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Why You Never Forget How to Ride a Bike

Long term effects of cyberbullying and online abuse is largely unknown, emerging evidence shows some concerning effects - especially in teenage victims. If you are affected by anything touched on within this article, follow the links to our various support services or click on the blue logo icon at the bottom right of the screen to start using Cybersmile Assistant, our smart AI support assistant.

Many of us learn how to ride a bike when we’re young; yet, as we grow, most stop riding. Have you ever noticed that when you get the urge to bike, you are just able to hop on and start riding again? Have you ever wondered why it seems you cannot forget how to ride a bike?

It Starts at Childhood

In short, our long-term memories are divided in to two portions: declarative memory and procedural memory. Declarative memory is mainly the portion of the brain which keeps track of “what is what”. It helps us recall events, facts and other memories that are associated with life. Not too far removed from declarative memory is procedural memory – the type of memory which comprehends “how and what”. It is the unconscious memory that helps us understand how stuff works. Once one learns how to ride a bike, they can never forget it because it gets stored within the procedural memory. Procedural memory consists of using objects (including musical instruments), as well as movements of the body (such as typing).

And Lasts a Lifetime

I share this because I believe being cyberbullied when younger lodges certain emotions into our minds (our declarative memories) that we will recall once older. I believe that we learn how to react to these situations as children, and cyberbullying plays a role in determining our behaviour and responses as adults. I recall how I felt when I was bullied: I became more introverted and constantly felt moody and anxious. My heart rate would hasten and I would get fidgety (explore our resources for more details on signs that someone is being cyberbullied). These behaviors – reactions to being bullied or the fear I would be bullied again – had become part of my long-term memory. Now, I tend to display the same feelings and physical reactions when I am cyber-harassed or bullied. It is all too easy for me to revert back to this state because previous experiences of bullying have imprinted on my memory. It triggers a “flight or fight” response – the part of our very nervous system that is switched on when we feel threatened.
Late last week, I somehow found myself under what I call an “@ attack”, where I felt my privacy was being extremely violated on Twitter; so much so, that I locked my feed (if you feel threatened or uncomfortable online you can email [email protected] for a trained advisor). While it has subsided, I felt awash with panic and this feeling of “everyone’s watching me” while I was getting 8, then 32, then 156 notifications on my mobile Twitter icon. I was back to being twelve again. Somehow, my body reverted back to its state of immediate doom and panic; I was “riding an emotional bike” of sorts. Children are facing chronic depression at alarming rates as a result of cyberbullying. While cyberbullies are drawn to the anonymity and impermanence of social media, the lasting effects of the cyberbullying upon the impressionable mind of the victim are anything but impermanent.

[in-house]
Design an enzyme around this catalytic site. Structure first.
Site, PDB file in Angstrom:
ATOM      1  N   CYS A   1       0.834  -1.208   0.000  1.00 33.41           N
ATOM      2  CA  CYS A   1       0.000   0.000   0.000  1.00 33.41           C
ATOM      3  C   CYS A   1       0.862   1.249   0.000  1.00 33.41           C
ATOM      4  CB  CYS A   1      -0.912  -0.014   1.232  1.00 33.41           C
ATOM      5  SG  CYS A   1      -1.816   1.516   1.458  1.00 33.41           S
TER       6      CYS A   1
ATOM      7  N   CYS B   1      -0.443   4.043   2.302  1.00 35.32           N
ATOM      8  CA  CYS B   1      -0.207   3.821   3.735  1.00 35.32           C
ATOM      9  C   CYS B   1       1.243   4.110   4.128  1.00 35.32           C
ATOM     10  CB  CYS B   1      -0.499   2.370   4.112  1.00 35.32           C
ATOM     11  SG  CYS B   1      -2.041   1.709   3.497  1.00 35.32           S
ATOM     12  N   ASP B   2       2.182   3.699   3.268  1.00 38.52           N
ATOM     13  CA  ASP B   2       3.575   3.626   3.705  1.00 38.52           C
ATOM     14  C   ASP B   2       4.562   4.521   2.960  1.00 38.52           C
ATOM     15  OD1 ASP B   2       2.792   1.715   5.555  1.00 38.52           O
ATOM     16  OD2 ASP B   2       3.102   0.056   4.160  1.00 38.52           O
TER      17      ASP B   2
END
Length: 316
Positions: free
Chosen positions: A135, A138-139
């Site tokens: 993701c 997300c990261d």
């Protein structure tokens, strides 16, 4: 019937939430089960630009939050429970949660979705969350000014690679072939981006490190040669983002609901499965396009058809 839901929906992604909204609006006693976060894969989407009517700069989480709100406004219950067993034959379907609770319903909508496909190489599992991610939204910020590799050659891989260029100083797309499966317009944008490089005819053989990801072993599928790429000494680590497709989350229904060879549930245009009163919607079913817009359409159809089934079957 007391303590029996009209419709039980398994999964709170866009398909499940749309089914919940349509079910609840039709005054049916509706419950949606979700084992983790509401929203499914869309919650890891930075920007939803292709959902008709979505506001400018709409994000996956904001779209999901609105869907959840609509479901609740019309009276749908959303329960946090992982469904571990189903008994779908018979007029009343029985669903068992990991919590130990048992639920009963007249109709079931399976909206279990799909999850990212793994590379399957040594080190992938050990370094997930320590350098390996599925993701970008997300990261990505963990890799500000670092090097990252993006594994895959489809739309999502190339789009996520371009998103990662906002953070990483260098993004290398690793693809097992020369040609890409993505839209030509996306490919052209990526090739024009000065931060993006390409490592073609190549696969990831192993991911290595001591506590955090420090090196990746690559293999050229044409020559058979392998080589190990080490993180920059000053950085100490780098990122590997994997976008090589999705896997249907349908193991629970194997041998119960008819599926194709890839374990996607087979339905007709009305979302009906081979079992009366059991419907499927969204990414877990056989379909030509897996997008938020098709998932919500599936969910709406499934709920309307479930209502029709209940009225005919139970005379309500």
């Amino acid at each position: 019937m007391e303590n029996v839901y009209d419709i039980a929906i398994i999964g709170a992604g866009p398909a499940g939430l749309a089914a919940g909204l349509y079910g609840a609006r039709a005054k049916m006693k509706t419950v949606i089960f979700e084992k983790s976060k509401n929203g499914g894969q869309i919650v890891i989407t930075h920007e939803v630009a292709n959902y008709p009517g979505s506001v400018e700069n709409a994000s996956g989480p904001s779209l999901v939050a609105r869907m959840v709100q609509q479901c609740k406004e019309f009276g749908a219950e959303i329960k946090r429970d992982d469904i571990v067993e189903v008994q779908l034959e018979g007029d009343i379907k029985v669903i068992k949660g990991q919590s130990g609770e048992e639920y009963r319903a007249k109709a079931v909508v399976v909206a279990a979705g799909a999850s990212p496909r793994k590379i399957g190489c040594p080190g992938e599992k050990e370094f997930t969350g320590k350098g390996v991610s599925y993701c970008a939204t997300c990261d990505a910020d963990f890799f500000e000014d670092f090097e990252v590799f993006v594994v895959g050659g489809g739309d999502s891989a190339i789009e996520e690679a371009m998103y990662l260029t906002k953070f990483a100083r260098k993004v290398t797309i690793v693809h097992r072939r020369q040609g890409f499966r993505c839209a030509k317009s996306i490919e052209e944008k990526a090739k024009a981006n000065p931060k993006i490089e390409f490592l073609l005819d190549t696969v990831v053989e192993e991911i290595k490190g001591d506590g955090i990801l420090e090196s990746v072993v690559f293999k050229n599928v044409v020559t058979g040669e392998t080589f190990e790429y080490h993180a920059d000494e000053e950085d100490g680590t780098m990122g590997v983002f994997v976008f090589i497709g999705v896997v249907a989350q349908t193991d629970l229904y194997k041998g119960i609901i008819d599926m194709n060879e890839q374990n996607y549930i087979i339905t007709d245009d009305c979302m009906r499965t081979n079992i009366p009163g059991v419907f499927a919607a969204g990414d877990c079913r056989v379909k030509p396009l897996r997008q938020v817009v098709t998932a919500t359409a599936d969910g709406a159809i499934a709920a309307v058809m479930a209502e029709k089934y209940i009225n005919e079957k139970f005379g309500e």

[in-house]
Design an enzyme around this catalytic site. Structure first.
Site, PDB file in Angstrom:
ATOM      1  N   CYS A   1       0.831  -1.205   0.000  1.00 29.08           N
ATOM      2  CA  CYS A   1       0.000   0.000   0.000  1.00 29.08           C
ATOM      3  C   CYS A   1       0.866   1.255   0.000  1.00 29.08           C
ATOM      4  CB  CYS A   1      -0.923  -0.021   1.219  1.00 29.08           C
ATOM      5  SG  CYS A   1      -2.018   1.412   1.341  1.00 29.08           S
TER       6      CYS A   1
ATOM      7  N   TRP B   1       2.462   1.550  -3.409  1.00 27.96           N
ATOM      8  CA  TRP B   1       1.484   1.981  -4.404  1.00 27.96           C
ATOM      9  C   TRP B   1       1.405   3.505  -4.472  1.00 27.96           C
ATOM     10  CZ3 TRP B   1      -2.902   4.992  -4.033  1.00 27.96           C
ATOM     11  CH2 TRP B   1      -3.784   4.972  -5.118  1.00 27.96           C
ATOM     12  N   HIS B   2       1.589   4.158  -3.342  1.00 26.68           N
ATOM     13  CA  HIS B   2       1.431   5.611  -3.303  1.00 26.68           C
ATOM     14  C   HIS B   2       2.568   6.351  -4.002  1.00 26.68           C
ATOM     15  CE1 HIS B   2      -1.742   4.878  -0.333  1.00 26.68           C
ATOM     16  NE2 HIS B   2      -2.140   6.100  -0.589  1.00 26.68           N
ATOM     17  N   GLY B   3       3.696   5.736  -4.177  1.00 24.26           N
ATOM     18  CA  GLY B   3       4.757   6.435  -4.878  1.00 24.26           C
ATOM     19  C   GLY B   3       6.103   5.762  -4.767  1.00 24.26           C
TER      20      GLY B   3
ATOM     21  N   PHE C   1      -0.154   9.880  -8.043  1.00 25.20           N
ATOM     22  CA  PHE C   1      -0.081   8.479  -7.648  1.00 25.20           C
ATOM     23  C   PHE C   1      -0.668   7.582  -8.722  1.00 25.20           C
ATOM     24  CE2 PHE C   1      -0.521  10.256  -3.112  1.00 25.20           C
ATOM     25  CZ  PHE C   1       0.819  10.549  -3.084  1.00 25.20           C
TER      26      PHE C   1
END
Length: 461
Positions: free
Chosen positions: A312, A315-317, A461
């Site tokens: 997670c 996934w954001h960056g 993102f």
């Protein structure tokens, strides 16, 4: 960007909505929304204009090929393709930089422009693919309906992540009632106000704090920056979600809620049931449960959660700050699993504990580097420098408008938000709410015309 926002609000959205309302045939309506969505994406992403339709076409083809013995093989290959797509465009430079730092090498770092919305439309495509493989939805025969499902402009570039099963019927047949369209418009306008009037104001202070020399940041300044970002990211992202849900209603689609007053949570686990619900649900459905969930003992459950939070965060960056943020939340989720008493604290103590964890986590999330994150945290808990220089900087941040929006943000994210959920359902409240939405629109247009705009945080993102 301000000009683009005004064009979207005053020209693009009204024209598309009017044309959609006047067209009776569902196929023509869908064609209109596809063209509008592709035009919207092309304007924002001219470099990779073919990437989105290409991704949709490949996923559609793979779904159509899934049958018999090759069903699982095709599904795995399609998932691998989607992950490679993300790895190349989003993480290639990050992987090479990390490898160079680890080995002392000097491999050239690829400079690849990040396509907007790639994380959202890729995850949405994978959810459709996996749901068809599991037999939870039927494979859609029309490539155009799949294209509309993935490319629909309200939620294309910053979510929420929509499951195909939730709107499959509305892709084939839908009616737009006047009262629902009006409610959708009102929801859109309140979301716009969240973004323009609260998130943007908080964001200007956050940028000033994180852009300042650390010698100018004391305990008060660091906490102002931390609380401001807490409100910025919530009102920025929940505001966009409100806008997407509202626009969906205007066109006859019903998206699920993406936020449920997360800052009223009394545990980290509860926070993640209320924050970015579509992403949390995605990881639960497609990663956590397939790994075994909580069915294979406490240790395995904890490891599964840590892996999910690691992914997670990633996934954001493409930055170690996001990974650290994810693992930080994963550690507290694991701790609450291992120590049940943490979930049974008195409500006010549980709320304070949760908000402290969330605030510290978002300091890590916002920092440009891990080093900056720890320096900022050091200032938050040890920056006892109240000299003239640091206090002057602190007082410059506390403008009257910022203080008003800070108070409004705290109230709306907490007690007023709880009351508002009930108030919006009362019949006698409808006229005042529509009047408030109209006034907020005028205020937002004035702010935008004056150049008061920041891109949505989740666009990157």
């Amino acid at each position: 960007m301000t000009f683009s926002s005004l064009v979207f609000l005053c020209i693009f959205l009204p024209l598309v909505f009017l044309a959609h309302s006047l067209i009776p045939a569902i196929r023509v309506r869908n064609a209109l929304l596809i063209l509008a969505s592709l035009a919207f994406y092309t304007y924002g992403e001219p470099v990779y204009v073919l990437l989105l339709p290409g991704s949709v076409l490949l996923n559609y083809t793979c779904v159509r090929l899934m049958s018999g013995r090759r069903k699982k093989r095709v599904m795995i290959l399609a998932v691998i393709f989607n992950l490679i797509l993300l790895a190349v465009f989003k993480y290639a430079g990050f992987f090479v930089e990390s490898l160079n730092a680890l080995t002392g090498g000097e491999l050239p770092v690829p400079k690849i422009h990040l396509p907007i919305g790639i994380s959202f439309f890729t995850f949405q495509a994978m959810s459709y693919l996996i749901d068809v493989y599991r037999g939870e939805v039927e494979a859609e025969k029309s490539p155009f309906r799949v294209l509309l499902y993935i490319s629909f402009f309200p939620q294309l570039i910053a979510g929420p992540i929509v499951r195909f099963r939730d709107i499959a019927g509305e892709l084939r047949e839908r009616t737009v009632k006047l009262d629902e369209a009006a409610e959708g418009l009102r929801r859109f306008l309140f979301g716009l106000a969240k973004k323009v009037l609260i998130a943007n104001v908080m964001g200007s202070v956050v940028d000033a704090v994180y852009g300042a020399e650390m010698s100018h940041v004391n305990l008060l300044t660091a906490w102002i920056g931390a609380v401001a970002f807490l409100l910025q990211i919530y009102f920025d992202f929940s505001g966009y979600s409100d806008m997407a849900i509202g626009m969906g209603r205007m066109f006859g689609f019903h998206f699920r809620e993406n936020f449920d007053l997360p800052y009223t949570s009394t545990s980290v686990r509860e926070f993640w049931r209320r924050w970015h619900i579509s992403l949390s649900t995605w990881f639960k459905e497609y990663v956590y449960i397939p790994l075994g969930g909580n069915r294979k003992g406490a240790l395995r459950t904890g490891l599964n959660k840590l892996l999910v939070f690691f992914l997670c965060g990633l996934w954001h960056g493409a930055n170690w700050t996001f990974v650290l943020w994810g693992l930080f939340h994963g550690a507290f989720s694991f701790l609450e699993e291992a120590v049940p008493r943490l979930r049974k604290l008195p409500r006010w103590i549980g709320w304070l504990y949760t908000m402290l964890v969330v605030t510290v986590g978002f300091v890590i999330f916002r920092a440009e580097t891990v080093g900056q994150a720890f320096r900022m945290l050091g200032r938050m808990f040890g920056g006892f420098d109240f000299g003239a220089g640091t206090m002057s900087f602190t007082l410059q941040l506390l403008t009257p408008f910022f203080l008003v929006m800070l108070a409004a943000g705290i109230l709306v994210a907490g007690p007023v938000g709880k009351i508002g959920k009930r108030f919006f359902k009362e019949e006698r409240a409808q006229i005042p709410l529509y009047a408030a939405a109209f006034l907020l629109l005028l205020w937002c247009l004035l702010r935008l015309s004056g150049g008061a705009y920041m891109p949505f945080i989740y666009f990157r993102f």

What Will the Future Hold?

Through seeking positive outlets that help me deal with this anxiety, I have found ways to cope and control my knee-jerk reaction of angst. I recognise though that children experiencing cyberbullying do not have some of these outlets. Few can get text messages from friends reminding them to breathe and that it will all be okay, or have the ability to shut their office door and turn on their #PositivePlaylist. Most people believe that most of what we learn in our early years cannot be forgotten, and because most of us learn how to ride bikes in childhood, we’ll never forget how to. While not scientifically founded in heaps of research, I have to believe that emotional abuse sustained from cyberbullying will come back longer-term. It has for me.

As an adult thinking of raising a family in the future, I wonder what my children will one day face online. I wonder if it really can get any worse. I’ve discovered this week, it can, especially in states of mass uncertainty. I wonder about how the generation younger than mine will cope now, to then grow into healthy adults. Unfortunately, no answer exists except the obvious imperative that we need to continue to work harder to recognise the signs of cyberbullying and prevent the behaviour happening.

From Me to You

More music, please! If you haven’t already done so, I encourage you to create a list of your own, or listen to one of the great ones from Cybersmile! I recently added these songs to my #PositivePlaylist.

  • It’s Amazing – Jem
  • Love Myself – Hailee Steinfeld
  • Firestone – Kygo, Conrad Sewell
  • Rather Be – Clean Bandit, Jesse Glynne
  • Heroes – Alesso, Tove Lo
  • Titanium – David Guetta, Sia

Huge thank you to Laura (@la_le) for another fantastic contribution! If you are being cyberbullied or experiencing any form of online negativity, visit our cyberbullying and online abuse help center or check out our total access support services for the different ways we can help you. For more information about Cybersmile and the work we do, explore the following recommendations:

What are your thoughts about the long term effects of cyberbullying? Tweet us @CybersmileHQ. If this post has got you wanting to contribute to our blog, email [email protected] and someone will be in touch.